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Paediatric scoliosis

Juvenile scoliosis

A side-to-side curve that may take the shape of an abnormal ‘S’ (double curve) or a long ‘C’ (single curve)

About

This is scoliosis which occurs between the ages of 10 to 18 and is commoner in girls by 2:1. In most cases of Adolescent scoliosis the cause is unknown and this is called idiopathic adolescent scoliosis. The majority of patients are healthy and have no other medical problems. Scoliosis can run in families.

Learn more about our Children and Adolescent's Scoliosis Service

Find out more about scoliosis and how we can treat it using MAGEC® growing-rods to reduce the number of surgeries required.

 

More about Scoliosis in adults



More about Scoliosis in children

Need to know

  • Symptoms of paediatric scoliosis icon plus

    On the whole adolescent scoliosis does not usually present with pain or neurological symptoms. In most cases the curve of the spine is not big enough to affect the hear or lungs and therefore shortness of breath is not seen in adolescent scoliosis. Other symptoms include:


    • rib cage sticking out on one side especially at the back
    • your hip or waist sticking out
    • shift of the trunk to one side
    • Obvious curvature of the back
    • 1 shoulder appears higher than the other
  • Screening and Diagnosis icon plus

    Diagnosis of scoliosis is made through clinical examination and standing x-rays of the front and side of your spine. These x-rays are often done with a lead shield to protect you from radiation. Your consultant will measure the x-rays to estimate the size of your curve. This is measured in degrees and is described as a Cobb Angle.

    A straight spine has a curve of 0º, any curve greater than 10º is considered scoliosis. In order to help with decision making regarding treatment; flexibility x-rays are taken as well. If surgery is being considered an MRI is requested to assess the spinal cord and surrounding nerves. If any neurologic abnormalities are identified your consultant may ask you to see a neurosurgeon before you start your treatment.
  • Potential treatment options icon plus

    Adolescent idiopathic scoliosis can be treated in 3 different ways - (observation, bracing and surgery), and is based on the risk of the curve getting worse. In general, adolescent scoliosis curves get worse during growth spurts, and in adulthood if the curves are still relatively large after skeletal maturity.
  • What happens? icon plus

    Observation is generally for growing patients whose curves are less than 25º, or for curves less than 50º in patients who have finished growing.

    Bracing is for patients with curves that measure between 25º and 40º whilst they are still growing. The aim of the brace is to stop the curve from getting bigger. This is done by correcting the curve while the patient is in the brace. There are different types of braces and you would need to discuss these with your consultant.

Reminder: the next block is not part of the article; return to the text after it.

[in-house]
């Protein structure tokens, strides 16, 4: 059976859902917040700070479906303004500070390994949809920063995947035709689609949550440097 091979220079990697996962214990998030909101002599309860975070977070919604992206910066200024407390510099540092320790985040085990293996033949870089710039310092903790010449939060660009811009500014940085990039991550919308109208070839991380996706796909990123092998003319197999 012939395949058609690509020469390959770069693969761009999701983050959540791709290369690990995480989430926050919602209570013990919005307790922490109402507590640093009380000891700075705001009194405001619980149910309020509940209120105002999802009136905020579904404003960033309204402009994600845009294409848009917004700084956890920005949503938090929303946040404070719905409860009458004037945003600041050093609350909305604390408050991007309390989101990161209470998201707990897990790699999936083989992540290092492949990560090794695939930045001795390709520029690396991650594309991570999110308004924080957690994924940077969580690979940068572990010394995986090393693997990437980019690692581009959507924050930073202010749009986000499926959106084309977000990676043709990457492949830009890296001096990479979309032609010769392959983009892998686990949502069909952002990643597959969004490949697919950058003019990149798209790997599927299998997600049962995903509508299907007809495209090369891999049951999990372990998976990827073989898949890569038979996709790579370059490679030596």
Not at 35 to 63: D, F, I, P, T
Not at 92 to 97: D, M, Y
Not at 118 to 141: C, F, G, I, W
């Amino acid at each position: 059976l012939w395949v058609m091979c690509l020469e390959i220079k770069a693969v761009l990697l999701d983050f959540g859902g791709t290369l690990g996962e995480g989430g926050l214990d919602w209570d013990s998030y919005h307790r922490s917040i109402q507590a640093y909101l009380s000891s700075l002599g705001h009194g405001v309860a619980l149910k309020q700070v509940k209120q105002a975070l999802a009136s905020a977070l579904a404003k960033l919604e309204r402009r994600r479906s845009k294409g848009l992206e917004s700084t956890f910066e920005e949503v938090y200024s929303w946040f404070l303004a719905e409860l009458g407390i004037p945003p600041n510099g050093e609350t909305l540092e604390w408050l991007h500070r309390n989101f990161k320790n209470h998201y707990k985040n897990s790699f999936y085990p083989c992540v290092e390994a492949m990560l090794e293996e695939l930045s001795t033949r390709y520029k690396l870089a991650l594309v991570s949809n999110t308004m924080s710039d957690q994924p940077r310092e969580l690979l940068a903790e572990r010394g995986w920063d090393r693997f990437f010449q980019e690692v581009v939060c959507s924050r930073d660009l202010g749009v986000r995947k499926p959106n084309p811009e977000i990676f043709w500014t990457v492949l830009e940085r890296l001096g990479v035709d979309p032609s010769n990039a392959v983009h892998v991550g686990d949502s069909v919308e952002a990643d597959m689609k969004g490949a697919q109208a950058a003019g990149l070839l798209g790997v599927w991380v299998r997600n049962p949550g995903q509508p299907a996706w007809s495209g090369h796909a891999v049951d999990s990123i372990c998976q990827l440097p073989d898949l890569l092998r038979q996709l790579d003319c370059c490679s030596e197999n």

Surgical treatment is used for patients whose curves are greater than 45º while still growing or greater than 50 º when growth has stopped. The goal of surgical treatment is two-fold: Firstly, to prevent the curve from getting worse and secondly to improve the shape of the spine.

Types of paediatric scoliosis

Chiari malformation

This is where the lower part of the brain pushes down into the spinal canal.

Syringomyelia

When a fluid-filled cavity called a syrinx develops in the spinal cord.

Spina bifida

When a baby's spine and spinal cord don't develop properly in the womb, causing a gap in the spine.
Consultant in theatres

Our consultants

We're proud to work with leading experts across a range of medical fields, whose skills are matched by their integrity and compassion.

Our facilities

From complex surgery to straightforward procedures, we provide exceptional care across our network of hospitals, outpatient centres and specialist clinics.

  • The Portland Hospital

    The Portland Hospital

    205 - 209 Great Portland Street

    London

    W1W 5AH

    Children's enquiries 020 7390 8020
    Maternity enquiries 020 7390 6068
    Gynaecology enquiries 020 7390 6200

  • Institute of Sport Exercise and Health Facility

    Institute of Sport Exercise and Health

    170 Tottenham Court Road

    London

    W1T 7HA

    Call 020 3447 2800
    [Mon | Weds | Fri] 8am - 6pm
    [Tues | Thurs] 8am - 8pm

This content is intended for general information only and does not replace the need for personal advice from a qualified health professional.
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